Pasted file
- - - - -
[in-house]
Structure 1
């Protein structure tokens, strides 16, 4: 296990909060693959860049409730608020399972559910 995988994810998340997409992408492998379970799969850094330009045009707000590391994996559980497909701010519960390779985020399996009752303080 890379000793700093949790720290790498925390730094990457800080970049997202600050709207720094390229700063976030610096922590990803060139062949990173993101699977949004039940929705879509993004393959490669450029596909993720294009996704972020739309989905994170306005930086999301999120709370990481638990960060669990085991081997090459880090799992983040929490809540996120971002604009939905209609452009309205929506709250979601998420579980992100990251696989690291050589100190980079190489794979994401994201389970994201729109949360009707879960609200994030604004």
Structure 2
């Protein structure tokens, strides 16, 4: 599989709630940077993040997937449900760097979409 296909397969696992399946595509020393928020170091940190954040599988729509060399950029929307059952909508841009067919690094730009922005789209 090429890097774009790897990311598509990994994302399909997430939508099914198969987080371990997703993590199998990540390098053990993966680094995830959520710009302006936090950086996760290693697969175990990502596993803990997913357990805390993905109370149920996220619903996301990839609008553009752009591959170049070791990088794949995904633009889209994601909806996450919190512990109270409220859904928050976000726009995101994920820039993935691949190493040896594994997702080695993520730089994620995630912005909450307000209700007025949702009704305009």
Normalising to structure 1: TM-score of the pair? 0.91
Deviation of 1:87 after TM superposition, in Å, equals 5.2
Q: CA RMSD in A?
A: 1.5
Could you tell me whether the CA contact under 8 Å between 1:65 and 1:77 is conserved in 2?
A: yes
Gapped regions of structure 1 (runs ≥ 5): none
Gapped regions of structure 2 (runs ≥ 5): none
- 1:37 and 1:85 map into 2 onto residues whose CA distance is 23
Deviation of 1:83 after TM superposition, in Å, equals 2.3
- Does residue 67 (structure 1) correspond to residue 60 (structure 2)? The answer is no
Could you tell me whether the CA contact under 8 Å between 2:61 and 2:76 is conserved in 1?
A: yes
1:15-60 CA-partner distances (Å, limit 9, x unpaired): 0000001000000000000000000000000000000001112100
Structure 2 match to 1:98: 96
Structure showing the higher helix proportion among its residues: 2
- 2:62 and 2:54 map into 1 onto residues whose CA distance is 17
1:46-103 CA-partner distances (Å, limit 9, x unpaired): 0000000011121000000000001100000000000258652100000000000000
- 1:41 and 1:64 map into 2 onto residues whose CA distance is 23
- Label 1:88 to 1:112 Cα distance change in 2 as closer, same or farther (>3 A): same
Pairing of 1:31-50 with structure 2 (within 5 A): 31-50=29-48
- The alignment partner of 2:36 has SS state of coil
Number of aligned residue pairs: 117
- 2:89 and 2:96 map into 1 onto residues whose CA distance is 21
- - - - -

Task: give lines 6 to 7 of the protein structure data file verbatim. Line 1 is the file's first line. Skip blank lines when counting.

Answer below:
Normalising to structure 1: TM-score of the pair? 0.91
Deviation of 1:87 after TM superposition, in Å, equals 5.2